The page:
Step 1: Create a basic REST connector to call out the REST API using Web.Contents.

Step 2: Build your code transformation logic using the M query language. Open the file extension in Power BI Desktop and build design queries on top of it to curate the output in a user-friendly output.

Step 3: Once your solution is rebuilt, copy the newly created extension file into the custom connector folder and restart the Power BI.

Step 4: Simulate a navigation table using the M language and change the security settings to Allow any extension to load without validation or warning

Now, you should be able to use the custom connector to fetch data from the REST API.

Example #3

In this example, we will understand the use of custom data connectors to create reports in Power BI Desktop and then use an on-premises data gateway to refresh those reports using Power BI Service.

To enable and use custom connectors in the on-premises data gateway, follow the steps highlighted below:

Step 1: Open your on-premises gateway app and navigate to the Connectors tab.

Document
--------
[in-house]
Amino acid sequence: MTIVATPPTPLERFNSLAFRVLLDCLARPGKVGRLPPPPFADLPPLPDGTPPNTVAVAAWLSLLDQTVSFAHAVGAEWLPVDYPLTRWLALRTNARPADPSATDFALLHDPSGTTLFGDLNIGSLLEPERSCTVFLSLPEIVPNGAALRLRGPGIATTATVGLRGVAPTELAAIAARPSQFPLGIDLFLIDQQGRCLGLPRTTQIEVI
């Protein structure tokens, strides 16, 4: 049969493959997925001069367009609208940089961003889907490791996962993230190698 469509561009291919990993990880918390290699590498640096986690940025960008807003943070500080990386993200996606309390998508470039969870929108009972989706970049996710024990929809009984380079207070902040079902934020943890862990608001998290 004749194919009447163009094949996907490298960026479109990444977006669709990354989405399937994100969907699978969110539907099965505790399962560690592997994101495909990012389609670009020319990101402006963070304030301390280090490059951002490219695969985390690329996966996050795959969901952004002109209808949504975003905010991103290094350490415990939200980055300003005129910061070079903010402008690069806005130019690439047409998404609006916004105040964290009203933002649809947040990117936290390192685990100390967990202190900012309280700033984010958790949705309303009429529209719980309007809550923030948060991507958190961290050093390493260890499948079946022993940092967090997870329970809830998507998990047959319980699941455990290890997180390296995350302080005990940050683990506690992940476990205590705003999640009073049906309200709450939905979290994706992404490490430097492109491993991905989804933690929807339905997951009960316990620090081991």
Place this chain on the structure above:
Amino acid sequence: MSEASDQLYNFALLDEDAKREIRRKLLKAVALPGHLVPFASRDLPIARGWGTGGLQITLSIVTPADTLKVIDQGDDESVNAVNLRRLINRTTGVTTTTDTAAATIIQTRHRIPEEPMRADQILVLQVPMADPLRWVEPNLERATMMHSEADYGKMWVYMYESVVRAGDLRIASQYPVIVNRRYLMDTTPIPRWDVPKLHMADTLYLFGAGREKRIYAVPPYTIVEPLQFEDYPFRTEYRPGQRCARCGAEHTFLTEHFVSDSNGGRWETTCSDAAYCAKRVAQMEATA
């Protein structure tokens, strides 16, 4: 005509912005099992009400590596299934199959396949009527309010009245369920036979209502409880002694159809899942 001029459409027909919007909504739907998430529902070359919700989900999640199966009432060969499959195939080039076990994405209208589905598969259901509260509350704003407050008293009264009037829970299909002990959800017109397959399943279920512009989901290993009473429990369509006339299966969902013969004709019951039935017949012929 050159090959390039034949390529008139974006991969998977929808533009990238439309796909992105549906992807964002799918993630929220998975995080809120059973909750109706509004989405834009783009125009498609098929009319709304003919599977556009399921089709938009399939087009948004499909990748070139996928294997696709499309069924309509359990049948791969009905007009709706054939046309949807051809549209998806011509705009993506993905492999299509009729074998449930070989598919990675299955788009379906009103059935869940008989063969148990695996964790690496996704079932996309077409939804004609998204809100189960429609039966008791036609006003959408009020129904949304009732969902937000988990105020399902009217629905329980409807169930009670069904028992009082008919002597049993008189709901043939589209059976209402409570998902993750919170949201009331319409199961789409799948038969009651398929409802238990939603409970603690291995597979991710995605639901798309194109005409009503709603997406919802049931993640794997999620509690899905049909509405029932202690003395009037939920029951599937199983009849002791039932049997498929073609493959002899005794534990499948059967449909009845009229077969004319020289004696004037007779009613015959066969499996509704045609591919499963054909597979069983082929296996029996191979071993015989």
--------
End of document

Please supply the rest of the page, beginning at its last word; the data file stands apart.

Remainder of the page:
Step 2: Click on the ellipsis(…) under Load custom data connectors from folder in Custom data connectors to browse for the folder to where the user running the gateway service has access.

Power BI Custom Connector - Example 3 - Step 2

The custom connector files available in the folder are automatically loaded by the gateway and displayed in the list of data connectors.

Step 3: Create a data source for your custom connector for your on-premises gateway. 

Step 4: Select the option to allow the use of the custom connector with this cluster on the gateway settings screen on the Power BI Service page.

Power BI Custom Connector - Example 3 - Step 4

Step 5: You will see the custom connectors in the available list of data source connections, which you can add to the gateway cluster. Once you have created a new connection, you can use the custom connector in Power BI Service to refresh your Power BI reports. 

Power BI Custom Connector - Example 3 - Step 5

Important Things to Note

  • There are two broad categories of Power BI custom connectors, i.e., Non-certified and certified. While using Non-certified custom connectors, be careful with the security settings.
  • Consider implementing robust error handling in your connector to provision a good user experience.
  • Ensure you have put through solid authentication mechanisms to deal with sensitive information and restrict unauthorized access to the data.